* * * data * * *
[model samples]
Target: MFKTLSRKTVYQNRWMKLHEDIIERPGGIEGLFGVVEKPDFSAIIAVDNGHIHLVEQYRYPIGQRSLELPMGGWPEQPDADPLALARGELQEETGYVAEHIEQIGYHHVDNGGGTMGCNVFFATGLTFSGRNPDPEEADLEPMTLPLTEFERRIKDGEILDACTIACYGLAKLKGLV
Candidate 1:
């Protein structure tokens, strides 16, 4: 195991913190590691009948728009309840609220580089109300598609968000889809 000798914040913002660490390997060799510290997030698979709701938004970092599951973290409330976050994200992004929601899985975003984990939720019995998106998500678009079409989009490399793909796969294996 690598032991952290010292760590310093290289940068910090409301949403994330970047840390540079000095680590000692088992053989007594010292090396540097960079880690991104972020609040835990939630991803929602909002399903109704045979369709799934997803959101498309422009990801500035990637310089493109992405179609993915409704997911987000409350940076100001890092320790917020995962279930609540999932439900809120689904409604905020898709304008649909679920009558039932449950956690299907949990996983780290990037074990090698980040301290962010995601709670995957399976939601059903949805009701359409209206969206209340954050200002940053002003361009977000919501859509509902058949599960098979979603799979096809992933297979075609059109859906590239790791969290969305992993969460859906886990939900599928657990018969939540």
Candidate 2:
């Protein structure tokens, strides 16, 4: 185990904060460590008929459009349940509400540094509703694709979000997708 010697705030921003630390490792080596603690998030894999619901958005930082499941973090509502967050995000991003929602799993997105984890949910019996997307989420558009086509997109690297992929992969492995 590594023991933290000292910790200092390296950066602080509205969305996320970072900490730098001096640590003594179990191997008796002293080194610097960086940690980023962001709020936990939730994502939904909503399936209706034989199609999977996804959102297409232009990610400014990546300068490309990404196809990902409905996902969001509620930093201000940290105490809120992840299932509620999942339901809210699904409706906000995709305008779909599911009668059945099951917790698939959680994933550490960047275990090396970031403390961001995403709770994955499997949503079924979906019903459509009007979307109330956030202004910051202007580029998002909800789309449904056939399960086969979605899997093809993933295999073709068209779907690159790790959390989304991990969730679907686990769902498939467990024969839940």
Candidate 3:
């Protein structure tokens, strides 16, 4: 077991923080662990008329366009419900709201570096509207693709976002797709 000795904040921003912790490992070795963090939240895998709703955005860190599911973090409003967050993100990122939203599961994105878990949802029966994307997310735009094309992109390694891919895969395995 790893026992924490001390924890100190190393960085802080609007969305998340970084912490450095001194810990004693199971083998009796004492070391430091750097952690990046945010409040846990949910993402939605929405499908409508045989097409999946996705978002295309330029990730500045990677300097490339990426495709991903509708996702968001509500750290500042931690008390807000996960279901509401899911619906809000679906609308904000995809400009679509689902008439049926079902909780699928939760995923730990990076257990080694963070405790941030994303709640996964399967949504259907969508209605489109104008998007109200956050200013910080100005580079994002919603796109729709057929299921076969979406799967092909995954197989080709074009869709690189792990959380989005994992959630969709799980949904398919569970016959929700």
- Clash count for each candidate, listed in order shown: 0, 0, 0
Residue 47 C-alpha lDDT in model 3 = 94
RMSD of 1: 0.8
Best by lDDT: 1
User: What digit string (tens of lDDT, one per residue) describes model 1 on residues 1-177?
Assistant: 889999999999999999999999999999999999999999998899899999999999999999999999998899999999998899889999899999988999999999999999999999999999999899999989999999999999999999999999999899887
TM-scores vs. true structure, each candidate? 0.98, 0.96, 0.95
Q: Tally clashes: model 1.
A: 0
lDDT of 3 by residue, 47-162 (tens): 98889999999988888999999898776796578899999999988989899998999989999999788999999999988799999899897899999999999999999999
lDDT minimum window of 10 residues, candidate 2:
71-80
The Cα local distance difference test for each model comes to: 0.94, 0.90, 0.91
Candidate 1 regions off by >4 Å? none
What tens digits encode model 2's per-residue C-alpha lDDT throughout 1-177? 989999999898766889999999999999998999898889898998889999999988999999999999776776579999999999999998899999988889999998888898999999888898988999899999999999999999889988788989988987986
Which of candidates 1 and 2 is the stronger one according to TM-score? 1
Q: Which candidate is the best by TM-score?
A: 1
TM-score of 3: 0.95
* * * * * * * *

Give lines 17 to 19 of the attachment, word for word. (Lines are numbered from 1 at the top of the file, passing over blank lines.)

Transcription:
A: 0
lDDT of 3 by residue, 47-162 (tens): 98889999999988888999999898776796578899999999988989899998999989999999788999999999988799999899897899999999999999999999
lDDT minimum window of 10 residues, candidate 2: